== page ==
”We take great pride in our trees,” Char Kreuz, the city’s spokeswoman, said earlier this week. ”You can tell that by the name of our town.”
“I don’t know about that one,” Oliverson said of the governor’s desire to ban local tree ordinances.
THE BATHROOM BILL
The bathroom issue to me is important. It’s not as important to me because of the bathroom per se but I don’t think its the proper role of local government to create protected classes. I think that’s the proper role for the state Constitution.
Oliverson blames the Obama administration’s 2016 directive for provoking the controversy. It was, he said, “a vast overreach.”
From the May 13, 2016 Dear Colleague letter to schools across the nation from the Obama Administration’s Justice and Education departments advising schools on the appropriate way to treat transgender students:
3. Sex-Segregated Activities and Facilities.
Title IX’s implementing regulations permit a school to provide sex-segregated restrooms, locker rooms, shower facilities, housing, and athletic teams, as well as single-sex classes under certain circumstances. When a school provides sex-segregated activities and facilities, transgender students must be allowed to participate in such activities and access such facilities consistent with their gender identity.
– Restrooms and Locker Rooms
A school may provide separate facilities on the basis of sex, but must allow transgender students access to such facilities consistent with their gender identity.
A school may not require transgender students to use facilities inconsistent with their gender identity or to use individual-user facilities when other students are not required to do so. A school may, however, make individual-user options available to all students who voluntarily seek additional privacy.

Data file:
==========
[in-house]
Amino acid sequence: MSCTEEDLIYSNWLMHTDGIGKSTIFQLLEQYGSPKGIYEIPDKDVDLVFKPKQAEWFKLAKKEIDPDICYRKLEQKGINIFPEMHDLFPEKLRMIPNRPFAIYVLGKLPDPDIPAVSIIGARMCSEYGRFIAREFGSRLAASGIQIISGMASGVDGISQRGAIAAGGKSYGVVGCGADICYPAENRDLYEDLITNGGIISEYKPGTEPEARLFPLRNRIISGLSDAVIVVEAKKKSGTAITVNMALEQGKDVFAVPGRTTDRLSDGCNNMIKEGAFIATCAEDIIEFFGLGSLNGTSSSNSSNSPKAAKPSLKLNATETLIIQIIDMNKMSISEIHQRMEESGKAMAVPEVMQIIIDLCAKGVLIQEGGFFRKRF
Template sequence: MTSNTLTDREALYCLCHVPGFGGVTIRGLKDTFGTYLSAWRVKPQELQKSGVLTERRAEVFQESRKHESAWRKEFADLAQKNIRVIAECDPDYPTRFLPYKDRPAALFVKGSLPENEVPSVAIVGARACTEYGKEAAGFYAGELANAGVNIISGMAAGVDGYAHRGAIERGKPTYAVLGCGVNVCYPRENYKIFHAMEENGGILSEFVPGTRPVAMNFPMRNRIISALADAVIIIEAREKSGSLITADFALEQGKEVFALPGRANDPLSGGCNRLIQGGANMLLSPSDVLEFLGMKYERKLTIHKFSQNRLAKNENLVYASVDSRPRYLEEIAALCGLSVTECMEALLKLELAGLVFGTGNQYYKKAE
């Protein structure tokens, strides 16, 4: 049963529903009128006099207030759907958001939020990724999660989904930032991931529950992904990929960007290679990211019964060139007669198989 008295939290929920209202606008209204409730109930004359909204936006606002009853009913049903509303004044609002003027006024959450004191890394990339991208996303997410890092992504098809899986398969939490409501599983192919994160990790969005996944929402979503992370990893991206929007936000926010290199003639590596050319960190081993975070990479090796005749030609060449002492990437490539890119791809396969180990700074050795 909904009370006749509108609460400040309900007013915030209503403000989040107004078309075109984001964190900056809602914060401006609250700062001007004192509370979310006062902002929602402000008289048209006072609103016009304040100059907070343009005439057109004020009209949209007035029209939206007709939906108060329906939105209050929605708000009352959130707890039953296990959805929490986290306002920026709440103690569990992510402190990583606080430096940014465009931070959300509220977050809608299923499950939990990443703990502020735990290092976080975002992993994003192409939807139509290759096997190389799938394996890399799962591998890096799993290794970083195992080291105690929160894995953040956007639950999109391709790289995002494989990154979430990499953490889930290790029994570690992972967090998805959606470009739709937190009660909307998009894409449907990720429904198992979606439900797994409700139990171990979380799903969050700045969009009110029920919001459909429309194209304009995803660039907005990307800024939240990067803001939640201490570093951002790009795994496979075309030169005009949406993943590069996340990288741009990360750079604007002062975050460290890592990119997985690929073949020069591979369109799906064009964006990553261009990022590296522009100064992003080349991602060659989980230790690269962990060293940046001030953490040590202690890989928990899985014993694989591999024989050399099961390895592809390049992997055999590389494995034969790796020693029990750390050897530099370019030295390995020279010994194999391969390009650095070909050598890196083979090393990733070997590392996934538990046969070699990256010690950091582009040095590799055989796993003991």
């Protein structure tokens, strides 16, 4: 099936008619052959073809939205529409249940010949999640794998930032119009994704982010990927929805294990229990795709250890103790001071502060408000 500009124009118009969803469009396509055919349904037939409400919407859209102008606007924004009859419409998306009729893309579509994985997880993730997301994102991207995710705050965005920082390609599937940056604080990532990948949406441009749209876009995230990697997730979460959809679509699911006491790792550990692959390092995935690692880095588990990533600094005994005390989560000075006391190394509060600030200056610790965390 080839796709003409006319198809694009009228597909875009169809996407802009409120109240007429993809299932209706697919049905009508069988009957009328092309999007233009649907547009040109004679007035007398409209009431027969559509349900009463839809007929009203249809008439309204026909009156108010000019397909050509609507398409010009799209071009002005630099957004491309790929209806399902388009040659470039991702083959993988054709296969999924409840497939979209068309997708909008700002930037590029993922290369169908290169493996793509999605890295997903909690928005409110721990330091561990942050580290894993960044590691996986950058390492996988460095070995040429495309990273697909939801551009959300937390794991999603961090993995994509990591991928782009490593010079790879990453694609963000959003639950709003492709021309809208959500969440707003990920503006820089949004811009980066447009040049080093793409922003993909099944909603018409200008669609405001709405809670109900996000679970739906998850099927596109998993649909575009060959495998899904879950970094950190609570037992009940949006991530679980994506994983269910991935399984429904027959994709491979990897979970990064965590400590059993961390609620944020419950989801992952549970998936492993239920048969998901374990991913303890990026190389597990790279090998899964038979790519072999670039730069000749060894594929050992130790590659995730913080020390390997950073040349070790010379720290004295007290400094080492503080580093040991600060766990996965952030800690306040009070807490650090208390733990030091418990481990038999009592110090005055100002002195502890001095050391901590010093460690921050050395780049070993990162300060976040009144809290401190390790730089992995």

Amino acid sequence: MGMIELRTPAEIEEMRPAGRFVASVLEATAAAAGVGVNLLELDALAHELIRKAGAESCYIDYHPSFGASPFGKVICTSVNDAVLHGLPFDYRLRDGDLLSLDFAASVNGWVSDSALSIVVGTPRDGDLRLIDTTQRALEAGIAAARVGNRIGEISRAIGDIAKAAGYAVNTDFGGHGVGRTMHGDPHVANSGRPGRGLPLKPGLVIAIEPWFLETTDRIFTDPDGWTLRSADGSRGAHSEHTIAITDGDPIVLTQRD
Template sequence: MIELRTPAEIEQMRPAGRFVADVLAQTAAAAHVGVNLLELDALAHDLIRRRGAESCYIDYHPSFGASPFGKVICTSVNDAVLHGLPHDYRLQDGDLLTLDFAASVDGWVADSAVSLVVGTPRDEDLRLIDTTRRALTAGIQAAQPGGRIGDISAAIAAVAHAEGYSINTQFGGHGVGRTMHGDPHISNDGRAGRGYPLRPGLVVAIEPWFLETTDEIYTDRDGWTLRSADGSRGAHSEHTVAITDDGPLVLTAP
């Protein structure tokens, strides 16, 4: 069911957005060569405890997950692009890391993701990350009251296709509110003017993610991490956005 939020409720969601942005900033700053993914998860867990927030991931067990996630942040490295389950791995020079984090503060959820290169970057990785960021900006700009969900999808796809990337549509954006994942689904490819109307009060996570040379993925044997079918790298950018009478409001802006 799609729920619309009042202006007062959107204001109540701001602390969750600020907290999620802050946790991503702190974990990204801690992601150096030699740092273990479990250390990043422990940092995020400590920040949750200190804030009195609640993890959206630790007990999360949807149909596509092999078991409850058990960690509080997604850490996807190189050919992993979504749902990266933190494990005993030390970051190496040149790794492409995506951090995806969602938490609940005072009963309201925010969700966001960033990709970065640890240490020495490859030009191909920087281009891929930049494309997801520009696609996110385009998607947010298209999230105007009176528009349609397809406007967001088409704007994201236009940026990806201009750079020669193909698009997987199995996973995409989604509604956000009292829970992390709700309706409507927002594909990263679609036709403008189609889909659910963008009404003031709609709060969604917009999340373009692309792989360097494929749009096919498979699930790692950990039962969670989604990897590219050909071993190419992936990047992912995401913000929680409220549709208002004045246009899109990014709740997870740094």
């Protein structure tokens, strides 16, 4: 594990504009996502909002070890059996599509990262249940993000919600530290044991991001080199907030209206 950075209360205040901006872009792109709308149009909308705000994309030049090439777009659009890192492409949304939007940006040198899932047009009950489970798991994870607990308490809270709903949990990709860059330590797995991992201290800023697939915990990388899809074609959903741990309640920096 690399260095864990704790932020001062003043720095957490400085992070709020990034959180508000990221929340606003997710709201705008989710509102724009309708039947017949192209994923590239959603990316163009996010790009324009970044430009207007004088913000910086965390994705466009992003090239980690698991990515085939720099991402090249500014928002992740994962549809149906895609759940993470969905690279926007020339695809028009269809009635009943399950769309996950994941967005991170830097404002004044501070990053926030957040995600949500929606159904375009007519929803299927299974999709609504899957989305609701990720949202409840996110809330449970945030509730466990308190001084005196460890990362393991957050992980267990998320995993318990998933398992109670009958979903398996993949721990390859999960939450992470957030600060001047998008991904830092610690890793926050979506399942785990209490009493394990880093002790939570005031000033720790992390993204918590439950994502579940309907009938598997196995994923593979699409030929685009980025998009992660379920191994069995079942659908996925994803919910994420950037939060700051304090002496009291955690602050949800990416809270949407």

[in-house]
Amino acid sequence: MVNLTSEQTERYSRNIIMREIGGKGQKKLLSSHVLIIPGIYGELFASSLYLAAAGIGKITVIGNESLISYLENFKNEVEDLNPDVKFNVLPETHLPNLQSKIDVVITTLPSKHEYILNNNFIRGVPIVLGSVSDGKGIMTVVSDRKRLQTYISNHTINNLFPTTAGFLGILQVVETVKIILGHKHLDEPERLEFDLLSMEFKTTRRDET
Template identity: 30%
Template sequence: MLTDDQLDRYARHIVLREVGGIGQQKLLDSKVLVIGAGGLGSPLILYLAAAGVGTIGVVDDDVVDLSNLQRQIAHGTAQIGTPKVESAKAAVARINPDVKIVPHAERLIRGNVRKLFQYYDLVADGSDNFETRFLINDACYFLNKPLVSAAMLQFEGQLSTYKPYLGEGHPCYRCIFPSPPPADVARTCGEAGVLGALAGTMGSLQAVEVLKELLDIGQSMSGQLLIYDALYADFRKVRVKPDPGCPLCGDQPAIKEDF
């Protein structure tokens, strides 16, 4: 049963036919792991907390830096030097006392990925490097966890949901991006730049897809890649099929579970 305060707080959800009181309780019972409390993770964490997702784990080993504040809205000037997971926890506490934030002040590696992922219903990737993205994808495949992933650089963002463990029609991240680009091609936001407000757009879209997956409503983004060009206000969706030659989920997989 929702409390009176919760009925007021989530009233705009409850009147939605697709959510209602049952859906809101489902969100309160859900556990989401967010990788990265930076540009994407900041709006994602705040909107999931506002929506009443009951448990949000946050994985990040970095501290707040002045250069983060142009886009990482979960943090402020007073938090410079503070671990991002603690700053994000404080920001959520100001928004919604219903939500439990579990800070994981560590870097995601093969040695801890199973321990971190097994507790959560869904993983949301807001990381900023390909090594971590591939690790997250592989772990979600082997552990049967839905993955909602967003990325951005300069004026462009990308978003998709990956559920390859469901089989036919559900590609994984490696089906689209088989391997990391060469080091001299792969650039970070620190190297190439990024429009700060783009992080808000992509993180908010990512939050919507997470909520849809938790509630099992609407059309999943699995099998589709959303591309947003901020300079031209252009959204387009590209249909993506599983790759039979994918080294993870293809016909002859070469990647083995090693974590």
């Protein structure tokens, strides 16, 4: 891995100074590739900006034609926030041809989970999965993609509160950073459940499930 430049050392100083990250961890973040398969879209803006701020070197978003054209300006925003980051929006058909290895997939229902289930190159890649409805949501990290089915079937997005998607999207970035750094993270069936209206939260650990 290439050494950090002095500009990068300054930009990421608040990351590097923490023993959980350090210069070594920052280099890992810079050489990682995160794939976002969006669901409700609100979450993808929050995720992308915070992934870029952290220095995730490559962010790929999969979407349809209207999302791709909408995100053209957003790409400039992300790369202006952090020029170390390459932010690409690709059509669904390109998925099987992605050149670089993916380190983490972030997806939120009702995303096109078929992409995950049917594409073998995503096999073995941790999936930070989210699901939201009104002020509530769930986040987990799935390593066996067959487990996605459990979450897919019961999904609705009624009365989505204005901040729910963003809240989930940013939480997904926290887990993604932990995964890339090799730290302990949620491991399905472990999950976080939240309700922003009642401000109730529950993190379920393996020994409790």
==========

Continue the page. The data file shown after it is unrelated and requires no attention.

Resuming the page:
The Trump Administration rescinded that policy, but, Oliverson said, they also suggested the states step in.
The State of Minnesota basically reinstated that over the weekend, the Obama directive, which to me felt more like shaming students who felt uncomfortable having to undress around their classmates who had different external genitalia than they did and showering with them, than it did about denying somebody the right to use a bathroom stall. I think that issue’s gotten kid of distorted.
The bottom line to me is it’s not the proper role for local government, certainly not school boards or cities, to create protected classes.
Pre -Obama directive, I think the status quo was working. I had not heard anything that this was a problem until after that letter came out.